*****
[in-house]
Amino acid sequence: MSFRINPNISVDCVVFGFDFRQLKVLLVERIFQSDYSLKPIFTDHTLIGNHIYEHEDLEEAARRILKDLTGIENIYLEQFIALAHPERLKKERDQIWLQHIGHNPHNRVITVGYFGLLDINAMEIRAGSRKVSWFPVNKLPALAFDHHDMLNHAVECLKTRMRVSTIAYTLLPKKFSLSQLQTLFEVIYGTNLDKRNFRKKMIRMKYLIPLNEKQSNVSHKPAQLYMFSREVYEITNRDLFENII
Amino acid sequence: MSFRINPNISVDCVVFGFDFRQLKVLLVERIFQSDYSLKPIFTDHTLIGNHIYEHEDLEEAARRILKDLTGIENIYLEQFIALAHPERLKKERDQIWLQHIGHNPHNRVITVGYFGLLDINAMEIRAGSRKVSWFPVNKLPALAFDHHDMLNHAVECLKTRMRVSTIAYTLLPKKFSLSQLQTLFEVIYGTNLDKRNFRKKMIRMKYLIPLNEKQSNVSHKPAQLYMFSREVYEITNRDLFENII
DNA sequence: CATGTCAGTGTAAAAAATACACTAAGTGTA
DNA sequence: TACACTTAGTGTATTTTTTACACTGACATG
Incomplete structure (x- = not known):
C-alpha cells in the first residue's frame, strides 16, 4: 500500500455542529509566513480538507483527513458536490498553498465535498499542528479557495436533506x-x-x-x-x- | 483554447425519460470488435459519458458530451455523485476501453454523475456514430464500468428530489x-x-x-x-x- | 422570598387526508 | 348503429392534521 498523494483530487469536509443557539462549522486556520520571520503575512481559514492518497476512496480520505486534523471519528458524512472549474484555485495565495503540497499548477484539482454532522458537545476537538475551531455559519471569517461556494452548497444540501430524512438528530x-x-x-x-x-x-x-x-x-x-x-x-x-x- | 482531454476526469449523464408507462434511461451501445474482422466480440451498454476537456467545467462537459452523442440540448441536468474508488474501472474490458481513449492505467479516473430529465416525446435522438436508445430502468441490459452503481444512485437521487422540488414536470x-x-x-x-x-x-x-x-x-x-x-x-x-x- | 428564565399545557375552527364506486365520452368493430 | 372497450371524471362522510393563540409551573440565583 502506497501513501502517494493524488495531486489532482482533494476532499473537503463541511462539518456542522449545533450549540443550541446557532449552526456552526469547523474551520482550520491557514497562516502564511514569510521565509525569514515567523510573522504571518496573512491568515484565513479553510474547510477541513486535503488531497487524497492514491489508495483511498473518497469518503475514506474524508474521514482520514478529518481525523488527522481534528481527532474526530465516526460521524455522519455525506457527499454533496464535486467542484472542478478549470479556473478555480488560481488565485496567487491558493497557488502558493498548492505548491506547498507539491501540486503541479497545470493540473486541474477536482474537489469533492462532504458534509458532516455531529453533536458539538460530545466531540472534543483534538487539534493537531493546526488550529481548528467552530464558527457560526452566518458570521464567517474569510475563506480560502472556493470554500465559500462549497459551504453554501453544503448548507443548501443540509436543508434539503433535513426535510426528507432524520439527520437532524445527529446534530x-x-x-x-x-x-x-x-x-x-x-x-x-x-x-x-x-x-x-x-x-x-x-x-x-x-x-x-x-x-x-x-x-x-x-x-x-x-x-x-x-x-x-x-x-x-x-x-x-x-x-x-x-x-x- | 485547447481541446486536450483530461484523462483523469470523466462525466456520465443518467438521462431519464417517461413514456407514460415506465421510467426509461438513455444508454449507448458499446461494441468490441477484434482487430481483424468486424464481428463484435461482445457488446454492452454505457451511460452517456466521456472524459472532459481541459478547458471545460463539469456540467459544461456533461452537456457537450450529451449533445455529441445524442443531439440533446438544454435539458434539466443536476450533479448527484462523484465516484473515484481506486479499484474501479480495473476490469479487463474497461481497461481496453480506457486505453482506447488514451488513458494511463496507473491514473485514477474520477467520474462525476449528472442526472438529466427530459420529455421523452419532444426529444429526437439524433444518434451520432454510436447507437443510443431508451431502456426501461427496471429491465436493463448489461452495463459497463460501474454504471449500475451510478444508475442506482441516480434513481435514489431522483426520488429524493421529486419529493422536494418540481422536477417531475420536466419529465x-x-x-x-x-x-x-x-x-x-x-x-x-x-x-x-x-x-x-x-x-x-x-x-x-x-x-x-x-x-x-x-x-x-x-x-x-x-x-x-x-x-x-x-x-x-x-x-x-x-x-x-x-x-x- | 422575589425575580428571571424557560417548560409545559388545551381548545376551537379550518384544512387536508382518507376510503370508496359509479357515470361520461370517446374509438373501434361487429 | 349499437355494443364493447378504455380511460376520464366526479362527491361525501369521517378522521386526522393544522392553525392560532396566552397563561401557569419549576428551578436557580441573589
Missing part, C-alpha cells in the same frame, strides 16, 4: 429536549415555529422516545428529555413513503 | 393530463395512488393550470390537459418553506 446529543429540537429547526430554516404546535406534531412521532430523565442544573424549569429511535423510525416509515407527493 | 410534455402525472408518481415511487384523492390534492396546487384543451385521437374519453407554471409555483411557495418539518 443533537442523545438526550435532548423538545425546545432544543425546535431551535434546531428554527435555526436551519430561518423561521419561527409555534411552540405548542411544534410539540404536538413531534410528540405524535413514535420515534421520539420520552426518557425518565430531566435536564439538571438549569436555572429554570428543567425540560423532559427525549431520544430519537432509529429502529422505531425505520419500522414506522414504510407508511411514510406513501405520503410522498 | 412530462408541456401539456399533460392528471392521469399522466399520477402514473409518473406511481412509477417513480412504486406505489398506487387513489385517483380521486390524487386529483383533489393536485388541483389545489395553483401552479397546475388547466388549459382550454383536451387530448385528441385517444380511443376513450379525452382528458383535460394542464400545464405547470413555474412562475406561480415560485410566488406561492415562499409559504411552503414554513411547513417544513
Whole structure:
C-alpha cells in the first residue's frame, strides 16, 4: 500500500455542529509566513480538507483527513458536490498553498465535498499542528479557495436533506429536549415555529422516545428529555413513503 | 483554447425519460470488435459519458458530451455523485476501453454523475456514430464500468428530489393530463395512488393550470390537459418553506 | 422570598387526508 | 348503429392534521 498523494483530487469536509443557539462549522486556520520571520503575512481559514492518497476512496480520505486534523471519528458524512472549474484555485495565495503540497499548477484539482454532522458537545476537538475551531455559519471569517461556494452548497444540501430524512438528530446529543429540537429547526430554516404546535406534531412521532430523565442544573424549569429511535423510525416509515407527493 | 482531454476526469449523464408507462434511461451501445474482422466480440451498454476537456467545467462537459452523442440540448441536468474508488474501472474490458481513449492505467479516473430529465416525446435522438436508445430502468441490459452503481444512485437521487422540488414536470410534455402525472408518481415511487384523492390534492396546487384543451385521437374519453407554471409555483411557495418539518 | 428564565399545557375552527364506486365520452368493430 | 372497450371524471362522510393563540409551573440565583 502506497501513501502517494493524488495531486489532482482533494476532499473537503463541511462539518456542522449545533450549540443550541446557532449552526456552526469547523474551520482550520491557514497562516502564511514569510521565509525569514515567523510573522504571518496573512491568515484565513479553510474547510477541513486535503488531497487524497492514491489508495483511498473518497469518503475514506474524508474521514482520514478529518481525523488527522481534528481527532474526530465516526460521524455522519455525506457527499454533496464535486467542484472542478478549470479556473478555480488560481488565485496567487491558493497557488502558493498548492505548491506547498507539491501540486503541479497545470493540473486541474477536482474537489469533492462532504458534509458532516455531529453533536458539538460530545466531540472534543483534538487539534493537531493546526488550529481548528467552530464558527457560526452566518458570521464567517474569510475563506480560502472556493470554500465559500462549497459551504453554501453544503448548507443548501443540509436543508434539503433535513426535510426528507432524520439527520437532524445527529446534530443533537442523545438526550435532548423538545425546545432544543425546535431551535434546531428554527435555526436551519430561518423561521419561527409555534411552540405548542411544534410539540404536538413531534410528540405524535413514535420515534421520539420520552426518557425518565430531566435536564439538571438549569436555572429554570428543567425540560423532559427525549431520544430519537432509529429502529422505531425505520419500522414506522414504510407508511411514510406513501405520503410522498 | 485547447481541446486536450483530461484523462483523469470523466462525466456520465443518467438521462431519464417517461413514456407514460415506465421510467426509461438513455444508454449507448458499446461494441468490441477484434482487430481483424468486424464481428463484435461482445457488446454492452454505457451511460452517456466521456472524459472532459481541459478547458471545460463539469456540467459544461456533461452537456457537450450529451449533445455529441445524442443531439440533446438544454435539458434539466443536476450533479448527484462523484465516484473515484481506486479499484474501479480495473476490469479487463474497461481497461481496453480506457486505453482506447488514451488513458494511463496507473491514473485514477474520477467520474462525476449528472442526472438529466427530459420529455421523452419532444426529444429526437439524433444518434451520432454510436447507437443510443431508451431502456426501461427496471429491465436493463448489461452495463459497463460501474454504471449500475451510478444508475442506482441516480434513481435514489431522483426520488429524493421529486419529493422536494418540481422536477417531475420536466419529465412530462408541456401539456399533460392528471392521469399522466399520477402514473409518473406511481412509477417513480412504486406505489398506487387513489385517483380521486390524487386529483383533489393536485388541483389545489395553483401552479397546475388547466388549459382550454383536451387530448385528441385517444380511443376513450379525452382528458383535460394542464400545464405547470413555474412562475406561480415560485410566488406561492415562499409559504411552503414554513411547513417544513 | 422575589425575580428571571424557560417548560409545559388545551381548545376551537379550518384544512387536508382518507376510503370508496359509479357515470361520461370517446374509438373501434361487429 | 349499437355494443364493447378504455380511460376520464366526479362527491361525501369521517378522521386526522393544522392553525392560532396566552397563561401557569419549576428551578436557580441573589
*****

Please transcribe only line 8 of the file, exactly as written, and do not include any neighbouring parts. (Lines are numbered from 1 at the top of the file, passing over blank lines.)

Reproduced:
Missing part, C-alpha cells in the same frame, strides 16, 4: 429536549415555529422516545428529555413513503 | 393530463395512488393550470390537459418553506 446529543429540537429547526430554516404546535406534531412521532430523565442544573424549569429511535423510525416509515407527493 | 410534455402525472408518481415511487384523492390534492396546487384543451385521437374519453407554471409555483411557495418539518 443533537442523545438526550435532548423538545425546545432544543425546535431551535434546531428554527435555526436551519430561518423561521419561527409555534411552540405548542411544534410539540404536538413531534410528540405524535413514535420515534421520539420520552426518557425518565430531566435536564439538571438549569436555572429554570428543567425540560423532559427525549431520544430519537432509529429502529422505531425505520419500522414506522414504510407508511411514510406513501405520503410522498 | 412530462408541456401539456399533460392528471392521469399522466399520477402514473409518473406511481412509477417513480412504486406505489398506487387513489385517483380521486390524487386529483383533489393536485388541483389545489395553483401552479397546475388547466388549459382550454383536451387530448385528441385517444380511443376513450379525452382528458383535460394542464400545464405547470413555474412562475406561480415560485410566488406561492415562499409559504411552503414554513411547513417544513